Remorse as an old woman, turning to face the naked Truth. Botticelli based his figure of Truth on the classical type of the Venus pudica, as well as his own depictions of Venus. She is a naked beauty, an effective opposite to the personification of Remorse, an old, grief-stricken woman in threadbare clothes. Truth, like the innocent youth, is almost naked as she has nothing to conceal. The eloquent gestures and expression of the only towering figure in the painting are pointing up towards heaven, where a higher justice will be meted out.
In a letter of 22 June 1811, written by Friederike Volkmann in Dresden to the psychologist Dr Christian August Heinroth in Leipzig, this painting is described as the pendant to the Winter Landscape now in Schwerin.
The Schwerin painting is characterized by the sombreness of an expanse of snow stretching away into the infinite distance, which modern interpreters see as a symbol of death, a nihilistic sign of doom. The pendant in Dortmund introduces, for the first time in Friedrich's oeuvre, a Gothic church, seen as a monumental vision emerging out of the mist like a phantasmagoria and rising against the gloomy background of a winter sky. Nearer the viewer, a man is leaning back against a boulder and gazing up the crucifix in front of a cluster of young fir trees. He has flung his crutches demonstratively far away from him into the snow. This combination of motifs has been interpreted as a reference to the security of the Christian in his faith.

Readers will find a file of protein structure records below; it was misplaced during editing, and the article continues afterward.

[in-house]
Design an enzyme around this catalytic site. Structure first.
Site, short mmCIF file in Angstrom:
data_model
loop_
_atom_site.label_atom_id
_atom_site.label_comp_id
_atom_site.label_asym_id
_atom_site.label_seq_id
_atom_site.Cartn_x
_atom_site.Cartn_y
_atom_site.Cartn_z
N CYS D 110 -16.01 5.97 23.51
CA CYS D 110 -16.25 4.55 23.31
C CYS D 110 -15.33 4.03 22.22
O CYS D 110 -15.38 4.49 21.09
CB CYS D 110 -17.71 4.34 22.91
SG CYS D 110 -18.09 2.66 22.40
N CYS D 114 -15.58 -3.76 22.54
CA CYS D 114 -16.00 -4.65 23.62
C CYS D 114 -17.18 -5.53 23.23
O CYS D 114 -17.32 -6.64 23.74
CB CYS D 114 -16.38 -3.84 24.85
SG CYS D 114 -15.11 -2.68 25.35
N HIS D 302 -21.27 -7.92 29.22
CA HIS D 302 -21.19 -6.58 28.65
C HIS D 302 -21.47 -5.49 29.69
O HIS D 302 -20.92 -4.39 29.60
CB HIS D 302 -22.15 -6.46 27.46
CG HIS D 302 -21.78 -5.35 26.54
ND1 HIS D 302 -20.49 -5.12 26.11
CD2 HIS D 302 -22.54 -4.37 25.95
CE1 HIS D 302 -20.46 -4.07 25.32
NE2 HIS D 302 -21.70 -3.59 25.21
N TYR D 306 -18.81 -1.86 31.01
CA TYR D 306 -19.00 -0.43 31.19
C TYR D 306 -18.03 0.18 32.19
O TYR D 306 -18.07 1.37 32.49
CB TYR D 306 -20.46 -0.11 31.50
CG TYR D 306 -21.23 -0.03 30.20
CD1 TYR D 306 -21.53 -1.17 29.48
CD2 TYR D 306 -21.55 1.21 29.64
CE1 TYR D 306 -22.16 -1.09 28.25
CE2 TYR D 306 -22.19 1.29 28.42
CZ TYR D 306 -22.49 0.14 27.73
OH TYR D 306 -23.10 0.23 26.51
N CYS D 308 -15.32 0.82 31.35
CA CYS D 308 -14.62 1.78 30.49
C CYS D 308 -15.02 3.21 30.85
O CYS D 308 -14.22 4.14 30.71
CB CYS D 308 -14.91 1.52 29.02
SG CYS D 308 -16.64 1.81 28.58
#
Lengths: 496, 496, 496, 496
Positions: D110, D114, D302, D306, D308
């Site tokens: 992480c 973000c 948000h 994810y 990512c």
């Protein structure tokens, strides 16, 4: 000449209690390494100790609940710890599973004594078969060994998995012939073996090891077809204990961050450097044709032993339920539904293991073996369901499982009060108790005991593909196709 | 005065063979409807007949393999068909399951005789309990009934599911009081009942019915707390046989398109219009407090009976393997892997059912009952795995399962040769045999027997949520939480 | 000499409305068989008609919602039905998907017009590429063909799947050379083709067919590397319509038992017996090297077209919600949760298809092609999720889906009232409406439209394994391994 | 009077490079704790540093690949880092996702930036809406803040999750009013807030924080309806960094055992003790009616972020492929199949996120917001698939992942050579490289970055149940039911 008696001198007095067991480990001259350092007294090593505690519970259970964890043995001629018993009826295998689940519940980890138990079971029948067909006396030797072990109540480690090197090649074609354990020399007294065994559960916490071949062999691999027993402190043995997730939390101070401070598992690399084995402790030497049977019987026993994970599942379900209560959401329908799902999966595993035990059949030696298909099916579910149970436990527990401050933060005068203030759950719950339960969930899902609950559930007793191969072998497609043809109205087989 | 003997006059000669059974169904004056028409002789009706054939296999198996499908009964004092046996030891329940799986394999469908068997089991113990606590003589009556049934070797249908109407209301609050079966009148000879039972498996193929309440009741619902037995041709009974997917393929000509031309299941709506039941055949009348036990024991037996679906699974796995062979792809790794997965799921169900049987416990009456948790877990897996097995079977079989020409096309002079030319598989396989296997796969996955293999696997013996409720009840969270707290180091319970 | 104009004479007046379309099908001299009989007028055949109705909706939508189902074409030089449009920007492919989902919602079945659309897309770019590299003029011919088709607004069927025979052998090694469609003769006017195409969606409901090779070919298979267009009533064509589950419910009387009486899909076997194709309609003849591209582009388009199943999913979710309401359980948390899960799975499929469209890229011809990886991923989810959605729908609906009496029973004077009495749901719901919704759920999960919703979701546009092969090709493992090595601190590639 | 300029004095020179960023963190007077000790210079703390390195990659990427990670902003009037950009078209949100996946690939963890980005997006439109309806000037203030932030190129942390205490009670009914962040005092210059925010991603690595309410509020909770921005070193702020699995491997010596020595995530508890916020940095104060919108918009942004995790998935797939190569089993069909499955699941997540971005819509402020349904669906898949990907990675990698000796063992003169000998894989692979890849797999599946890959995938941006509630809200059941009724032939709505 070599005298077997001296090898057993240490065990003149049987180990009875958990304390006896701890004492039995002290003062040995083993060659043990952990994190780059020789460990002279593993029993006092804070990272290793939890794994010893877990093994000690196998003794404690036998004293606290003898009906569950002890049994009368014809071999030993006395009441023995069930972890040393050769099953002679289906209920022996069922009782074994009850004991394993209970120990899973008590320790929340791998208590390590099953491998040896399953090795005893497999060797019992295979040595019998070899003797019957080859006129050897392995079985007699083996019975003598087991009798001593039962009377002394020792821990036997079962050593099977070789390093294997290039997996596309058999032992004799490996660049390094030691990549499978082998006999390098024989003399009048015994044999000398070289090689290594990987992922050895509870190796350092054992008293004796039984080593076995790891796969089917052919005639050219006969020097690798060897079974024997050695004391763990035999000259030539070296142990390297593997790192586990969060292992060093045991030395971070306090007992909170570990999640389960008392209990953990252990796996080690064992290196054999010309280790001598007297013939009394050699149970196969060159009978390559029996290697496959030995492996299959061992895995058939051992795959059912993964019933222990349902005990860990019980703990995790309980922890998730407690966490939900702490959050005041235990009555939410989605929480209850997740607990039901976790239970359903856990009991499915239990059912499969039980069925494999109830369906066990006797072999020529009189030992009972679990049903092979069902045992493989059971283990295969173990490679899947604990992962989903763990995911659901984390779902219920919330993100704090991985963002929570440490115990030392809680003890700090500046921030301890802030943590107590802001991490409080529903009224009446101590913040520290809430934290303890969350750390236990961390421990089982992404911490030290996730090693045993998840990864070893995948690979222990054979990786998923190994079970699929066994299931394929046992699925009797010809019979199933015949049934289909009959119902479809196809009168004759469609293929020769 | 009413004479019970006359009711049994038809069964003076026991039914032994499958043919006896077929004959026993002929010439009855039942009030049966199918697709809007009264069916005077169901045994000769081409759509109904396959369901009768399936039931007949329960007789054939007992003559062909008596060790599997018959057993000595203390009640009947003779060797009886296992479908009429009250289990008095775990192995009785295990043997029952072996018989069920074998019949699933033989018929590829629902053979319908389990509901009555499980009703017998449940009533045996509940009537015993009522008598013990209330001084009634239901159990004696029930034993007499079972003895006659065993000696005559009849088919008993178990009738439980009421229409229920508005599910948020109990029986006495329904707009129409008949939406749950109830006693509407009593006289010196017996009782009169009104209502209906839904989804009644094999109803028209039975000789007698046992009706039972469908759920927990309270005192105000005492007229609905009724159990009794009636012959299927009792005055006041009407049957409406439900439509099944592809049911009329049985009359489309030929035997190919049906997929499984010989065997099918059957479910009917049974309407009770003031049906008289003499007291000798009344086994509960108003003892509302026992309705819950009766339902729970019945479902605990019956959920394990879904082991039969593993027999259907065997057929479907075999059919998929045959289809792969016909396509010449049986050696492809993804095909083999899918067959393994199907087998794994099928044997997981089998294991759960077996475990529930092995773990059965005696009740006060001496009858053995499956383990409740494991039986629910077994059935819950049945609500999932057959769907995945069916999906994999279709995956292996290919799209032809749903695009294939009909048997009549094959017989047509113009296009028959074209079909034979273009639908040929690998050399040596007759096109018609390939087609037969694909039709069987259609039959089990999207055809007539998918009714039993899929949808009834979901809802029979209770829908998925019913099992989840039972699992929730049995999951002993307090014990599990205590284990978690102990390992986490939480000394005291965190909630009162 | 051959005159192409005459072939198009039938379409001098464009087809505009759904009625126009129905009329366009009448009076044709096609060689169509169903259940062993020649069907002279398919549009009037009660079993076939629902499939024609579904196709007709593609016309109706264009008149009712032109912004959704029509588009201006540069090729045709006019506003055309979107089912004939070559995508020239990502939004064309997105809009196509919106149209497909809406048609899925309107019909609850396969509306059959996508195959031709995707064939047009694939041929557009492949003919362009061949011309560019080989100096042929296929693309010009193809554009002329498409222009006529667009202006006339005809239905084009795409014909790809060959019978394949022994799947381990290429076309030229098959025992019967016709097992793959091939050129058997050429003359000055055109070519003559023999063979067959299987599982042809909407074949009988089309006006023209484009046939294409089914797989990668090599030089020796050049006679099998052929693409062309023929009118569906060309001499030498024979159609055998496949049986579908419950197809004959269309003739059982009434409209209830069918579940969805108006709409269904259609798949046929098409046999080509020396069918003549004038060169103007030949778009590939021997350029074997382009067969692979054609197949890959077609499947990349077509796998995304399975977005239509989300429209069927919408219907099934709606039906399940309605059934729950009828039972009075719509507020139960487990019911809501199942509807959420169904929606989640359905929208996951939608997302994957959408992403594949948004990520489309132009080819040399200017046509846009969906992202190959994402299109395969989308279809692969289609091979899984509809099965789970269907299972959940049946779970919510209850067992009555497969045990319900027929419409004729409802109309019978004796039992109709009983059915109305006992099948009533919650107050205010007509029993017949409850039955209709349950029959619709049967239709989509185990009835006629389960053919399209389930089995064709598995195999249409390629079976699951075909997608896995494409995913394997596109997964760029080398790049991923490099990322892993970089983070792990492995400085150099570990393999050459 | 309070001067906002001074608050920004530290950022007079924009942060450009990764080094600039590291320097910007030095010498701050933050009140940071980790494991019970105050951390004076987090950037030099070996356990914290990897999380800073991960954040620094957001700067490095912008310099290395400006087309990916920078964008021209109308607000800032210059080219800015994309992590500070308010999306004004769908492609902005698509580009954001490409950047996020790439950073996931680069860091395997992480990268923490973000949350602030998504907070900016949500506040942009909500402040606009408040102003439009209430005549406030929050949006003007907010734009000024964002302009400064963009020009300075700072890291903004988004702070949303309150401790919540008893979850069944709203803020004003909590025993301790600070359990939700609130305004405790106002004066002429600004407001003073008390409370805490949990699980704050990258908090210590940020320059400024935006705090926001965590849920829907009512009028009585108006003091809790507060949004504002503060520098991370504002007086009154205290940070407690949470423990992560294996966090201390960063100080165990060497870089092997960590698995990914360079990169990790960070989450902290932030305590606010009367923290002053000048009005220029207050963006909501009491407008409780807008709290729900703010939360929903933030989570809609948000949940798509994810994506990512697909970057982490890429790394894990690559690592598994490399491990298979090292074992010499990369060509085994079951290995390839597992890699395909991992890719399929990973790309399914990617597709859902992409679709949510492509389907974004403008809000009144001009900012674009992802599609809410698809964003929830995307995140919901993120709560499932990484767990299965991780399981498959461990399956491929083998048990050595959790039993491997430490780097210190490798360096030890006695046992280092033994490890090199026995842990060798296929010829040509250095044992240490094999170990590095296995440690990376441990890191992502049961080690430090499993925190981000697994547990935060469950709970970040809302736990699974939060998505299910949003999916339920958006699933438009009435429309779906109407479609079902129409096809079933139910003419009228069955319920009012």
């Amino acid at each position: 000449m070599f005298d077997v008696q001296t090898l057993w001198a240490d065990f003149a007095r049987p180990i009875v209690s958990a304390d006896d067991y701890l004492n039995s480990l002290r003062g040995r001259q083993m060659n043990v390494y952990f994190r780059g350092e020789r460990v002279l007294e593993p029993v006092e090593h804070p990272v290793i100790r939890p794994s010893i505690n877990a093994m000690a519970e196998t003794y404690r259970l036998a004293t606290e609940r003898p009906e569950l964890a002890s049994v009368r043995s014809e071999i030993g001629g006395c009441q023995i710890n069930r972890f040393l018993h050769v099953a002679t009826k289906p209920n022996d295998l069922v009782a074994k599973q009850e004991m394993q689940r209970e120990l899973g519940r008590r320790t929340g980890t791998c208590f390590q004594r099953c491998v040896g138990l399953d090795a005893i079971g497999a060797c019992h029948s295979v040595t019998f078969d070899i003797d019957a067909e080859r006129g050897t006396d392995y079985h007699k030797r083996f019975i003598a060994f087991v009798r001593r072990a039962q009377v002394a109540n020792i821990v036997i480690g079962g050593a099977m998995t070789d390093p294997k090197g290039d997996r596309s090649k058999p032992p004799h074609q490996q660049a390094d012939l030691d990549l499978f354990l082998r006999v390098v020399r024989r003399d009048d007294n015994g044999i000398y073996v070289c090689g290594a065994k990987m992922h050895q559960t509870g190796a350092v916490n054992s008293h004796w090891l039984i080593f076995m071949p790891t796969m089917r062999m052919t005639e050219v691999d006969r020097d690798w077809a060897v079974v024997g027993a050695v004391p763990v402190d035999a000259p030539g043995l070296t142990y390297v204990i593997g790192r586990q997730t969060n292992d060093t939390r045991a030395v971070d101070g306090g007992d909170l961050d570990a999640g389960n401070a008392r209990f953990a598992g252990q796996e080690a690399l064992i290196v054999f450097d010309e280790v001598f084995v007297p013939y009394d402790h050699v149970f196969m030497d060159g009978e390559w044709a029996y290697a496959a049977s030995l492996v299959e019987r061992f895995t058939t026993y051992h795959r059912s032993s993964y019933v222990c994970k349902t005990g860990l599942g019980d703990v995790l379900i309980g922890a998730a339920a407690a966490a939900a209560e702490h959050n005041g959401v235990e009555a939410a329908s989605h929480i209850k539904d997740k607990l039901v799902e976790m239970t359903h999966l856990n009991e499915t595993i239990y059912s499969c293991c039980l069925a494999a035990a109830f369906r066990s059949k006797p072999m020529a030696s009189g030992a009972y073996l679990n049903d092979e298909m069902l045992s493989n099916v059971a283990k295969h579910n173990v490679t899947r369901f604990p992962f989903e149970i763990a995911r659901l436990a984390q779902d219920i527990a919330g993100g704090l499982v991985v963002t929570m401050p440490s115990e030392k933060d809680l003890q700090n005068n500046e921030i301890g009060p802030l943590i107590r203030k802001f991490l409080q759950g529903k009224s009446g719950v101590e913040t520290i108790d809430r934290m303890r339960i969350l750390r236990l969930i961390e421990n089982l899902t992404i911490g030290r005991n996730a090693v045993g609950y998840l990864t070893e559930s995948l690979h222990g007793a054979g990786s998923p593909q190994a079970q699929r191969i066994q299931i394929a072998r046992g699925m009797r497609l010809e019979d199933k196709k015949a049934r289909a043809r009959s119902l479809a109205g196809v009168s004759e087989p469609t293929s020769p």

Suggested listening (streaming mp3, 11 minutes):Vivaldi: Concerto in F minor RV 297 op. 8 No. 4 (Winter)
Venice's climate and environment were unfavourable to fresco paintings, which were easily damaged by damp. This powerful fresco, painted originally for the cloister of the church Santo Stefano, has faded badly.